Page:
Definitions of Important Terms

any content of the mind of which we are conscious.

Hume speaks of "perceptions of the mind" several times in paragraphs 1 through 3. [text] While he does not offer a definition of "perception of the mind" he gives several examples in those paragraphs and the examples include pains, pleasures, anticipations of the imagination, [text] feeling anger, and thinking of anger [text]. The phrase "of which we are conscious" appears in paragraph 3. [text]

a perception which involves actual hearing, seeing, feeling, etc., rather than just thinking about these things.

[text] Notice Hume draws the distinction between impressions and ideas in terms of their differing degrees of "liveliness."

a perception of the mind which involves thinking of something instead of actually (first hand) experiencing it. [text]

complex idea:
an idea which is built up from other ideas. [text]

simple idea:
an idea which is not complex.

Hume first uses this term (in the Enquiry) in paragraph 6. [text]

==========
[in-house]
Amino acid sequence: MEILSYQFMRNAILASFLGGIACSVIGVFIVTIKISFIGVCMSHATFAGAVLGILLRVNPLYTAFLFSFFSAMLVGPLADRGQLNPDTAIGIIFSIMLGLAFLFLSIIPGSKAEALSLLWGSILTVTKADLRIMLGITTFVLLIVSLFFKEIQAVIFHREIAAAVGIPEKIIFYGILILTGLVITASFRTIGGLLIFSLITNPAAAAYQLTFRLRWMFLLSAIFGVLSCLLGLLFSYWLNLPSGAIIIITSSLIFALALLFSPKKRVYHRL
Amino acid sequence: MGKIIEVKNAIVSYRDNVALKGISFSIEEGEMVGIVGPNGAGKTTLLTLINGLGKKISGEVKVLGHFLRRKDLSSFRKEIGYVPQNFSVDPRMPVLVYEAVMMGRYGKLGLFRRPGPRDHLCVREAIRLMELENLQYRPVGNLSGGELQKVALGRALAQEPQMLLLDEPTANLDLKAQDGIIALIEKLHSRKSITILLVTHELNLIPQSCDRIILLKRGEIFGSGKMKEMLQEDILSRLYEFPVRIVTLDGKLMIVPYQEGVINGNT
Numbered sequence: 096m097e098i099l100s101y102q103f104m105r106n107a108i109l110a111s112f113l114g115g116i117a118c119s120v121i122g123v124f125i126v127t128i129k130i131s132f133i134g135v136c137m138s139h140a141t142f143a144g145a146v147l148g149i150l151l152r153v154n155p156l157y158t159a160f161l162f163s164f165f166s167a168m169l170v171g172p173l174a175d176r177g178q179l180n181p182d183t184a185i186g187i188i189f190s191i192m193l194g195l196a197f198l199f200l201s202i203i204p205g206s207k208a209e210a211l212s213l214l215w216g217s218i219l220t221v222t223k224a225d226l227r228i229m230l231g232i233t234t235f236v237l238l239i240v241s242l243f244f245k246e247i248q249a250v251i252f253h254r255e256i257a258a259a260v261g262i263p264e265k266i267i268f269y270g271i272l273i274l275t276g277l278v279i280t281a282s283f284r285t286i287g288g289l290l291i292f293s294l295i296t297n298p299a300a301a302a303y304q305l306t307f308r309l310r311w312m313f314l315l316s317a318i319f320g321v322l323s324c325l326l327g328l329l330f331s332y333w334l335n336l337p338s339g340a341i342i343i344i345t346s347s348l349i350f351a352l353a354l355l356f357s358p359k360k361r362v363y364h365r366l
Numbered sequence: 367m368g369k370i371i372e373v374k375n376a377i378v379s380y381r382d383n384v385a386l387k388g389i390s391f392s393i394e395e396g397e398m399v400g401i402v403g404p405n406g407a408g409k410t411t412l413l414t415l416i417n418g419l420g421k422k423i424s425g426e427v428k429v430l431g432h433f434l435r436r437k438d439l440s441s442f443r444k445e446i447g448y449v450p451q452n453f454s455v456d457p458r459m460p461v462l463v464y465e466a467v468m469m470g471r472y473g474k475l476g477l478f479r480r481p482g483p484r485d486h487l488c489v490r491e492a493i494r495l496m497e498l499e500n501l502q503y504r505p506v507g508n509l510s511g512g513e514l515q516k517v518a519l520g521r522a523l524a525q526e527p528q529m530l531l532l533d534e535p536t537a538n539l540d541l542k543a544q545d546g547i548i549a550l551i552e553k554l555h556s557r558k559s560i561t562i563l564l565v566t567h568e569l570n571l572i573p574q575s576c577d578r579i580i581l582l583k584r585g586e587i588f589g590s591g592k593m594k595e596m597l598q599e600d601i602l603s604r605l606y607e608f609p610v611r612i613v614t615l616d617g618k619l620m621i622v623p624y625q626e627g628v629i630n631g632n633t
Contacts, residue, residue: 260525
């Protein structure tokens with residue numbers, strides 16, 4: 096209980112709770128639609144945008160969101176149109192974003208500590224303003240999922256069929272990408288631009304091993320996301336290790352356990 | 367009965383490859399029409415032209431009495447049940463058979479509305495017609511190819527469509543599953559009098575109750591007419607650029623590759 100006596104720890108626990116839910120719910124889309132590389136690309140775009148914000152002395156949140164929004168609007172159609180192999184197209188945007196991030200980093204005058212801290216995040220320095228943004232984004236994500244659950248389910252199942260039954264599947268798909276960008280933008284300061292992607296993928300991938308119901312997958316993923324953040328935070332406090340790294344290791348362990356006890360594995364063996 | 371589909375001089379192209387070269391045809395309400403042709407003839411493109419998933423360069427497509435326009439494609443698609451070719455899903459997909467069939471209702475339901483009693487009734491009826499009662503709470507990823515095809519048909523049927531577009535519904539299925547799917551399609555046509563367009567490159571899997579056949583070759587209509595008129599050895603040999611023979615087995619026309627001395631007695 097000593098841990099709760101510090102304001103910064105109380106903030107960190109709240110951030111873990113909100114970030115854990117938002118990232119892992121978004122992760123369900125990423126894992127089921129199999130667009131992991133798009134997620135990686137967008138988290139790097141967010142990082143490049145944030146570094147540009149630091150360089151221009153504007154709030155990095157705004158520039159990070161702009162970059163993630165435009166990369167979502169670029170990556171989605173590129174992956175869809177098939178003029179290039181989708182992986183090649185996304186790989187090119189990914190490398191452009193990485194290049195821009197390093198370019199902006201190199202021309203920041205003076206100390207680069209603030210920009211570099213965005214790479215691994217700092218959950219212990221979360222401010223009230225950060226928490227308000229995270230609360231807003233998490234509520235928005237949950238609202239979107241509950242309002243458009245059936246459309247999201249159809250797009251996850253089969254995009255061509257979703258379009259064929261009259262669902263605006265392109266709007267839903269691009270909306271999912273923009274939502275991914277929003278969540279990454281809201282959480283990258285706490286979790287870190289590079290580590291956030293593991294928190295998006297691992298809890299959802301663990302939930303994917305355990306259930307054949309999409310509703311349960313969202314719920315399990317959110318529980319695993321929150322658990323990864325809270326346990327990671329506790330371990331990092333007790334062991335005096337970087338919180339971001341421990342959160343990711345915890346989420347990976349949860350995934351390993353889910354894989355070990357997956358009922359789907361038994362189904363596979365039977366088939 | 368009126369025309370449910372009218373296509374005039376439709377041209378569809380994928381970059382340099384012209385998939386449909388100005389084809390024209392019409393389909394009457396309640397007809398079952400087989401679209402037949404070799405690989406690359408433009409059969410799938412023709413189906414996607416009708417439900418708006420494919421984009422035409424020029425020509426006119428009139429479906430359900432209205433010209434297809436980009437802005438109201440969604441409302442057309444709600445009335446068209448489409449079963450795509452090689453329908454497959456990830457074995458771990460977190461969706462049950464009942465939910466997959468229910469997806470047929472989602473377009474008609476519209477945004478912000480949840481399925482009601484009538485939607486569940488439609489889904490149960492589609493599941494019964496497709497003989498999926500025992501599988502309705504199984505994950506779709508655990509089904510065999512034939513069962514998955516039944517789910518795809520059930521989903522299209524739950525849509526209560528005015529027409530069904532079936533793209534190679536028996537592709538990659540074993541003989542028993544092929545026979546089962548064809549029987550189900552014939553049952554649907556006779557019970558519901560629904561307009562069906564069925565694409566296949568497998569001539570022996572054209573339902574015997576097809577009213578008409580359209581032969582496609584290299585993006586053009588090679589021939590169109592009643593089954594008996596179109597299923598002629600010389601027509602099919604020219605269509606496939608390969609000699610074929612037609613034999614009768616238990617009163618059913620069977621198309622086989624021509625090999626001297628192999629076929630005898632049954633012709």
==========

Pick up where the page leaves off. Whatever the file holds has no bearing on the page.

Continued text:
outward sentiment:
an impression of something from the external world, obtained through one of the five senses.

Hume distinguishes outward and inward sentiment in paragraph 5. His claim, there that "all the materials of thinking are derived either from our outward or inward sentiment . . . Or, to express myself in philosophical language, all our ideas . . . are copies of our impressions . . .," [text] shows that he is using "sentiment" as a synonym for "impression."

inward sentiment:
an impression which is of something not from the external world; for example nervousness or anger.

That Hume considers anger to be an impression (or sentiment) is clear from the point (and context) of his example in the second sentence of paragraph 2: "A man in a fit of anger . . ." [text]

innate idea:
an idea which is not derived from impressions.

[text] But Hume admits (indeed, insists) that the term "innate idea"is not clear.

the view that all our knowledge about matters of fact (things which are not required by logical necessity) is derived from experience.